There's a way to change moral judgments

Having the case of bad moral judgments? Well now, there's a remedy for that.

Who knew? The part of your brain, behind your right ear determines what you consider good and bad choices — and furthermore, these moral judgments can be altered by a magnetic field.

As it turns out, Massachusetts Institute of Technology scientists have figured out that they can change people's moral judgments by placing a magnetic field up to a specific brain region. When the subjects in the study were put under the influence of transcranial magnetic stimulation (TMS), their reasoning was based on knowing the outcome of the event regardless of the possible harm in getting there.

The BBC reports:

[MIT] lead researcher Dr Liane Young said: "You think of morality as being a really high-level behavior.

"To be able to apply a magnetic field to a specific brain region and change people's moral judgments is really astonishing."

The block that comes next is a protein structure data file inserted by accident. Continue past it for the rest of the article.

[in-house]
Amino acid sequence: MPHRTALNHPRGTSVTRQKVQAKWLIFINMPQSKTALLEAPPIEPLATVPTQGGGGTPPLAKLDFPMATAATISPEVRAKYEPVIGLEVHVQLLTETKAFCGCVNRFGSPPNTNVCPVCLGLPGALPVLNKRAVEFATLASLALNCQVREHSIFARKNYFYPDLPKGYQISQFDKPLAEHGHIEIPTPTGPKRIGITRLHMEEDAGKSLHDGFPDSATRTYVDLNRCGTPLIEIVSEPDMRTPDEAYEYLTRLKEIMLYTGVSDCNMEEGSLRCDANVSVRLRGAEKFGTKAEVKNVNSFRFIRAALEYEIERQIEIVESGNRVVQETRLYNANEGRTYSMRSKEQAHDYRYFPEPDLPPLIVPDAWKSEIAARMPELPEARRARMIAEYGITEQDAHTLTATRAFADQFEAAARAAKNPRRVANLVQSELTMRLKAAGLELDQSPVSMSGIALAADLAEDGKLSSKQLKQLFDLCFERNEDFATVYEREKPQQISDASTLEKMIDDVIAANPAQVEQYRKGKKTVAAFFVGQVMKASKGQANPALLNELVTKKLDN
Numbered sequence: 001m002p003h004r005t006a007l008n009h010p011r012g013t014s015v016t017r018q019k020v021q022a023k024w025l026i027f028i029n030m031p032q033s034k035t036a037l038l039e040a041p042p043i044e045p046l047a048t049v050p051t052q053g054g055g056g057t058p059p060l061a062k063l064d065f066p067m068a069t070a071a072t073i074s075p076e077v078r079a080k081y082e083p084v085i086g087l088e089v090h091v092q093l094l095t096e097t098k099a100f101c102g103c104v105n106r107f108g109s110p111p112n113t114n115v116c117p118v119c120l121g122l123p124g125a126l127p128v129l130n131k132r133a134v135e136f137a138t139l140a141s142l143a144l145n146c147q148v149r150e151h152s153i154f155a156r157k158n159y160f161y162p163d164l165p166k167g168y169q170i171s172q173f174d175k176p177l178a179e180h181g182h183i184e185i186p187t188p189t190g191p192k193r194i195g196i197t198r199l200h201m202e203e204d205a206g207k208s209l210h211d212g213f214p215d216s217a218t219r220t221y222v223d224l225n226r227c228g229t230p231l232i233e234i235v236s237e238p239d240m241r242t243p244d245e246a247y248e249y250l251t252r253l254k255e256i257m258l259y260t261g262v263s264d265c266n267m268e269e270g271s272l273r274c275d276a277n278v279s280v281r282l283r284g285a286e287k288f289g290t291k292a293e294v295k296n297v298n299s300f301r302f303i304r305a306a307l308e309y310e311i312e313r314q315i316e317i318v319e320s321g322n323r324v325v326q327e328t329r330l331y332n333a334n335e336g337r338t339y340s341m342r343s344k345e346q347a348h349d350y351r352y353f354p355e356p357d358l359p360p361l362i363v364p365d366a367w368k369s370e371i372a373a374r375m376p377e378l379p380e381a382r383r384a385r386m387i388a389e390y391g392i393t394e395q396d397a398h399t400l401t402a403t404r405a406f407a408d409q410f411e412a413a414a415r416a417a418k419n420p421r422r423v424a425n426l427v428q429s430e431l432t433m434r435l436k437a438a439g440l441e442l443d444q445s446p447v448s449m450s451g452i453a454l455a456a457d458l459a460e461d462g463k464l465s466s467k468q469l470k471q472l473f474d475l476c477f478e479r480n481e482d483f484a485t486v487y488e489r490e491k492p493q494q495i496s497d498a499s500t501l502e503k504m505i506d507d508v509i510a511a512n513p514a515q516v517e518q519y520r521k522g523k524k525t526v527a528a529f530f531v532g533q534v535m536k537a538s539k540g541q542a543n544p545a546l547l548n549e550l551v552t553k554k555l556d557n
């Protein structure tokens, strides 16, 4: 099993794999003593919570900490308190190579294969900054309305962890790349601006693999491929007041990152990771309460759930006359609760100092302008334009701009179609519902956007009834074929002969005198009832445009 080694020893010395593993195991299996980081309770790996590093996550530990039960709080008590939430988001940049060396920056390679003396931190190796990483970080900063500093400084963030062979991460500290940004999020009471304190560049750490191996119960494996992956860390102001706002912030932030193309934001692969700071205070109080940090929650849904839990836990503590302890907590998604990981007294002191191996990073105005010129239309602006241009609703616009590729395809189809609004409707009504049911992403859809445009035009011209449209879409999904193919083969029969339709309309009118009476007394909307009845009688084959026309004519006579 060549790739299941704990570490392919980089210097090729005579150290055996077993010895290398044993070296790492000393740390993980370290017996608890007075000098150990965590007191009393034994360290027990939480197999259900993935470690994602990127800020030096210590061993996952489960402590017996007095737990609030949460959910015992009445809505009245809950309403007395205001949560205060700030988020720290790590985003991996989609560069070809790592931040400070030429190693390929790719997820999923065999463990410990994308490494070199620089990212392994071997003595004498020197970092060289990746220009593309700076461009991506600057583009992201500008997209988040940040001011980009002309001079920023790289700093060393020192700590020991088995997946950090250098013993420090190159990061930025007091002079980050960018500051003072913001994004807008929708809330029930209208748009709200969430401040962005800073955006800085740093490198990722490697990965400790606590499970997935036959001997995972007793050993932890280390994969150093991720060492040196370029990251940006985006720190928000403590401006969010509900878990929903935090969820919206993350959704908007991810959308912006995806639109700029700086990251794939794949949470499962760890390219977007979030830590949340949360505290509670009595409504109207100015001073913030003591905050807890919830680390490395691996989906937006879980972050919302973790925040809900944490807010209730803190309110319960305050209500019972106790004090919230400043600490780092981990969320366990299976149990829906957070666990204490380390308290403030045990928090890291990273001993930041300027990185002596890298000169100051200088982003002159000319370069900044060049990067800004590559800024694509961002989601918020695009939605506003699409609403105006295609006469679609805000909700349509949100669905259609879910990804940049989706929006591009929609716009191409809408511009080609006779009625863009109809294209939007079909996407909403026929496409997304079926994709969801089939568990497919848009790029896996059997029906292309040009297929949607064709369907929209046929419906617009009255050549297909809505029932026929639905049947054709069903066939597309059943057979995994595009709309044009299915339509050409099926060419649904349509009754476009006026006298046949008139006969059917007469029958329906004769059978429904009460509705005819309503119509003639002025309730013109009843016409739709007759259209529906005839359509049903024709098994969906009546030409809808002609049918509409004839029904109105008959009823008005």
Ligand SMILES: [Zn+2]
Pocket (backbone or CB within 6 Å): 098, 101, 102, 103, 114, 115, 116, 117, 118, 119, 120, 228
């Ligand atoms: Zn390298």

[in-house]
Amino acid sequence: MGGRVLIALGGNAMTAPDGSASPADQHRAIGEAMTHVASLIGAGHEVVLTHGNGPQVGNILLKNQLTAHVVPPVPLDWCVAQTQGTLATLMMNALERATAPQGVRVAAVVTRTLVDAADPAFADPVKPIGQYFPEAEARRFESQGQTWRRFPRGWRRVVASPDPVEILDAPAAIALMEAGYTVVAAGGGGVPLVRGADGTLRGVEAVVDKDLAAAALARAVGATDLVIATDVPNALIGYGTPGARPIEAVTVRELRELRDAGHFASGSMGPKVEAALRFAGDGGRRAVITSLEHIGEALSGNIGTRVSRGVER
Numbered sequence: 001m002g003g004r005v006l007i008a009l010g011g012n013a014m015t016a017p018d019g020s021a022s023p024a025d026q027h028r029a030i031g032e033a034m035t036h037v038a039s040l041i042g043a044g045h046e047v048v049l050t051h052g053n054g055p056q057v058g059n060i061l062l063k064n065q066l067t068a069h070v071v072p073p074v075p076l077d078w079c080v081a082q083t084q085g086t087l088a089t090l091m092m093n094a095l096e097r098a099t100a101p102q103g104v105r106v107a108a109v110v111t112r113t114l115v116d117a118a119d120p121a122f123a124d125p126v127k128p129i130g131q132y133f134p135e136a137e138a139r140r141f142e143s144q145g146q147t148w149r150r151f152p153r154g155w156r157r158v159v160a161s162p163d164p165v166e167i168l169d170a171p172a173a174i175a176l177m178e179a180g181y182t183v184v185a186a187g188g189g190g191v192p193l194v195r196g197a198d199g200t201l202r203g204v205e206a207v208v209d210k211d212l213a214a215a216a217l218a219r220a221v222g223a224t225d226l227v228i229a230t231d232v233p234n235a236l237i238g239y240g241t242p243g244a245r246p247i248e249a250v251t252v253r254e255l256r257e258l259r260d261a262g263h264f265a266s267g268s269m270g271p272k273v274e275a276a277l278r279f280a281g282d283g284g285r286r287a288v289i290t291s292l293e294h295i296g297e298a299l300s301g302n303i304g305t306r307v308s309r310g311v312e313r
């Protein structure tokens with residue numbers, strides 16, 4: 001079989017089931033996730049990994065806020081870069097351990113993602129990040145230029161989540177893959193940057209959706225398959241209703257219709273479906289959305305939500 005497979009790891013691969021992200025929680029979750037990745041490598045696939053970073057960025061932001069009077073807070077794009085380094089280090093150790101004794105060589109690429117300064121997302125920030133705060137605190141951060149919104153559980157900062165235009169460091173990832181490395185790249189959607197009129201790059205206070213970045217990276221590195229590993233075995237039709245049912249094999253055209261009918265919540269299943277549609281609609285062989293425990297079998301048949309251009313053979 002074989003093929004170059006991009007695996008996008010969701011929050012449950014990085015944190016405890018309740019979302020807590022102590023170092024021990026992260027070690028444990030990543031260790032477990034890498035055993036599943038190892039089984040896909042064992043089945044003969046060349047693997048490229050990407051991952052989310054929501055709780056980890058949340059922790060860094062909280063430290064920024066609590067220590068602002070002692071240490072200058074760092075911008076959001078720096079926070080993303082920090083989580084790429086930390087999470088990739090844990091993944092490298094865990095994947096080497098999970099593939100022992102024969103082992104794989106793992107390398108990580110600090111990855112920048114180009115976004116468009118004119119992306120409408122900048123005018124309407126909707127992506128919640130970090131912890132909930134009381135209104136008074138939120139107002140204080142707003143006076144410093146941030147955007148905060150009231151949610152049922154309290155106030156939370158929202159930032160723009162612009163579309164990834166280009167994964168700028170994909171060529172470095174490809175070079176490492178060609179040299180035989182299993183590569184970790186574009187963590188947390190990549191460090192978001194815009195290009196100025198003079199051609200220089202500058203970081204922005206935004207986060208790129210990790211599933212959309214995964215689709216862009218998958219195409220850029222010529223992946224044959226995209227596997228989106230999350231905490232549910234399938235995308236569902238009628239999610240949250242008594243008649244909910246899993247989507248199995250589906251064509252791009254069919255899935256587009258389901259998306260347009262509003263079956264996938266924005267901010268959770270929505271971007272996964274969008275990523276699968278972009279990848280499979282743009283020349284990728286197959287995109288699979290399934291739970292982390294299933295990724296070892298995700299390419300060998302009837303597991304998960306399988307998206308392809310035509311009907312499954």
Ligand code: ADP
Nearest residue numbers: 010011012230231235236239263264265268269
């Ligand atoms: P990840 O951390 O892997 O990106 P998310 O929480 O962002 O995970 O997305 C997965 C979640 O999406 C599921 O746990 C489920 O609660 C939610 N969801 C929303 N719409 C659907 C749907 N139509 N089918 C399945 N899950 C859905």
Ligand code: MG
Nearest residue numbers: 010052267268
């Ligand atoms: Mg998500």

The key area of the brain is a knot of nerve cells known as the right temporo-parietal junction (RTPJ).

The RTPJ region of the brain is active when a person is making a moral decision. So when the magnetic field was applied to a specific brain region, normal cell activity was temporarily disturbed — causing people to be more forgiving when presented with a situation about a bad moral judgment. One of the dilemmas presented involved a friend unknowingly putting toxic sugar into her friend's coffee.

And it didn't matter if the magnetic field was applied for 25 minutes straight or in short periods. As long as magnetic pulses were applied, the scientists noticed the change in people's moral compass.

Updated: "Magnet" was changed to "magnetic field" to avoid confusion.

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